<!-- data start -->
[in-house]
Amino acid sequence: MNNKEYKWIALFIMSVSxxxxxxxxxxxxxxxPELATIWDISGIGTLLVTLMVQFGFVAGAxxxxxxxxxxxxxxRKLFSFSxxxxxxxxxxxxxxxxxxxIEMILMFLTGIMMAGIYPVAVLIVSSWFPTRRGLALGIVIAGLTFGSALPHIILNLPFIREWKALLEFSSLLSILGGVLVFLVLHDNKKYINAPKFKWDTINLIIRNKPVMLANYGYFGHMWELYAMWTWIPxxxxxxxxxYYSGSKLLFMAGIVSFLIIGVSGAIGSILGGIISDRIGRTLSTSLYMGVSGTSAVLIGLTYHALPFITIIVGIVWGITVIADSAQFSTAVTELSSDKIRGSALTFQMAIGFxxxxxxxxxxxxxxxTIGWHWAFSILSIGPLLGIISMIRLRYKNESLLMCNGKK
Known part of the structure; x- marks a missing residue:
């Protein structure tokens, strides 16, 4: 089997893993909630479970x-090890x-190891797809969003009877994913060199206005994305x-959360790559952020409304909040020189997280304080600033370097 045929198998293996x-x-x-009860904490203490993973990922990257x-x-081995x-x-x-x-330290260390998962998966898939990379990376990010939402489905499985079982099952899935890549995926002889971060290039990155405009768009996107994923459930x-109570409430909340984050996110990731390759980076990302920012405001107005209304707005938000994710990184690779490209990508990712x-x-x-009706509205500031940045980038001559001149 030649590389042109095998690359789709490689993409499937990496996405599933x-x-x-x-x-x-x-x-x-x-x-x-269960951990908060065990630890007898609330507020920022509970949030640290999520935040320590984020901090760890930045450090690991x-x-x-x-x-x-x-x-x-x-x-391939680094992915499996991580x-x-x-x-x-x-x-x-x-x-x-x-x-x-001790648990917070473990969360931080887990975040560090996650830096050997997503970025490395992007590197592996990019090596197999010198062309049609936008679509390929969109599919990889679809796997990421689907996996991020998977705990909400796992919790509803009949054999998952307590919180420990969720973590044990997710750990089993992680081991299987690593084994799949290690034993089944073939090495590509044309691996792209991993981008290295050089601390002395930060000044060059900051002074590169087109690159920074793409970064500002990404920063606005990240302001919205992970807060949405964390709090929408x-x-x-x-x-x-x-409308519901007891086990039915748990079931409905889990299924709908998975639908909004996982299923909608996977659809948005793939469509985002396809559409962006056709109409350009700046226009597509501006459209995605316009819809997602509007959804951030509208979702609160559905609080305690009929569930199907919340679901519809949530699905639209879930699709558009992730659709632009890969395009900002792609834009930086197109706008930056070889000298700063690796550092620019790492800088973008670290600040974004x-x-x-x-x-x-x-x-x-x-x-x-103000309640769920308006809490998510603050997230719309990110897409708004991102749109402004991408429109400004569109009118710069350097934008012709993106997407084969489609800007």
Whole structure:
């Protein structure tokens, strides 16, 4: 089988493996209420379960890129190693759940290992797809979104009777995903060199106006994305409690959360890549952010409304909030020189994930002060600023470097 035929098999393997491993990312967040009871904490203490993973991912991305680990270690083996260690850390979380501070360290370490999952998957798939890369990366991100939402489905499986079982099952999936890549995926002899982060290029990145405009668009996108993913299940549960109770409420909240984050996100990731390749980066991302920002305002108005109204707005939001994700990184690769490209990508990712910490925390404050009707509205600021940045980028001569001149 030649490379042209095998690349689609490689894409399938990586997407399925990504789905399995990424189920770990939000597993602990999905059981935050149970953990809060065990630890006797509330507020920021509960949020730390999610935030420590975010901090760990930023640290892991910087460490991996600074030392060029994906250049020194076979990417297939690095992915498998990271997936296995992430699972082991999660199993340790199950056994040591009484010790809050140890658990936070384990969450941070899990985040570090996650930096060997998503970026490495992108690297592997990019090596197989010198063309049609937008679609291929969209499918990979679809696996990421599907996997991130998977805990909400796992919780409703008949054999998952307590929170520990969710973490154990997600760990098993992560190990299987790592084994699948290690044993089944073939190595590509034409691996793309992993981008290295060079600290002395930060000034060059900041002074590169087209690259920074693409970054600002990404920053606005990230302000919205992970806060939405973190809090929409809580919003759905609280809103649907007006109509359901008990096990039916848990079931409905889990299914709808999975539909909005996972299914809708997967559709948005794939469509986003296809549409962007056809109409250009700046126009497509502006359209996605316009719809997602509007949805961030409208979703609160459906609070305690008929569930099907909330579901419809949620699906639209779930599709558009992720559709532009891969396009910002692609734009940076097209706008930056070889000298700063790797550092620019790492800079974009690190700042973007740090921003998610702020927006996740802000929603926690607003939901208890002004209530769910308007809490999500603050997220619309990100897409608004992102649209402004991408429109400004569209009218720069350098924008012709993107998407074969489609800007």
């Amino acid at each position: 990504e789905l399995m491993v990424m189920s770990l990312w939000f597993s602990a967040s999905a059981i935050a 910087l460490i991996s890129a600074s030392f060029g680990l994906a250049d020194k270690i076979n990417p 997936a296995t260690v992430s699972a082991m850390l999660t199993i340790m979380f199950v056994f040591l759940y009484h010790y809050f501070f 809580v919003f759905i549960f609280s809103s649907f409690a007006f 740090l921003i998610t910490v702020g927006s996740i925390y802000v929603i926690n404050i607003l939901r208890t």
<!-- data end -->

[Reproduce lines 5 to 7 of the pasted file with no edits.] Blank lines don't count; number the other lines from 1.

Whole structure:
């Protein structure tokens, strides 16, 4: 089988493996209420379960890129190693759940290992797809979104009777995903060199106006994305409690959360890549952010409304909030020189994930002060600023470097 035929098999393997491993990312967040009871904490203490993973991912991305680990270690083996260690850390979380501070360290370490999952998957798939890369990366991100939402489905499986079982099952999936890549995926002899982060290029990145405009668009996108993913299940549960109770409420909240984050996100990731390749980066991302920002305002108005109204707005939001994700990184690769490209990508990712910490925390404050009707509205600021940045980028001569001149 030649490379042209095998690349689609490689894409399938990586997407399925990504789905399995990424189920770990939000597993602990999905059981935050149970953990809060065990630890006797509330507020920021509960949020730390999610935030420590975010901090760990930023640290892991910087460490991996600074030392060029994906250049020194076979990417297939690095992915498998990271997936296995992430699972082991999660199993340790199950056994040591009484010790809050140890658990936070384990969450941070899990985040570090996650930096060997998503970026490495992108690297592997990019090596197989010198063309049609937008679609291929969209499918990979679809696996990421599907996997991130998977805990909400796992919780409703008949054999998952307590929170520990969710973490154990997600760990098993992560190990299987790592084994699948290690044993089944073939190595590509034409691996793309992993981008290295060079600290002395930060000034060059900041002074590169087209690259920074693409970054600002990404920053606005990230302000919205992970806060939405973190809090929409809580919003759905609280809103649907007006109509359901008990096990039916848990079931409905889990299914709808999975539909909005996972299914809708997967559709948005794939469509986003296809549409962007056809109409250009700046126009497509502006359209996605316009719809997602509007949805961030409208979703609160459906609070305690008929569930099907909330579901419809949620699906639209779930599709558009992720559709532009891969396009910002692609734009940076097209706008930056070889000298700063790797550092620019790492800079974009690190700042973007740090921003998610702020927006996740802000929603926690607003939901208890002004209530769910308007809490999500603050997220619309990100897409608004992102649209402004991408429109400004569209009218720069350098924008012709993107998407074969489609800007």
């Amino acid at each position: 990504e789905l399995m491993v990424m189920s770990l990312w939000f597993s602990a967040s999905a059981i935050a 910087l460490i991996s890129a600074s030392f060029g680990l994906a250049d020194k270690i076979n990417p 997936a296995t260690v992430s699972a082991m850390l999660t199993i340790m979380f199950v056994f040591l759940y009484h010790y809050f501070f 809580v919003f759905i549960f609280s809103s649907f409690a007006f 740090l921003i998610t910490v702020g927006s996740i925390y802000v929603i926690n404050i607003l939901r208890t």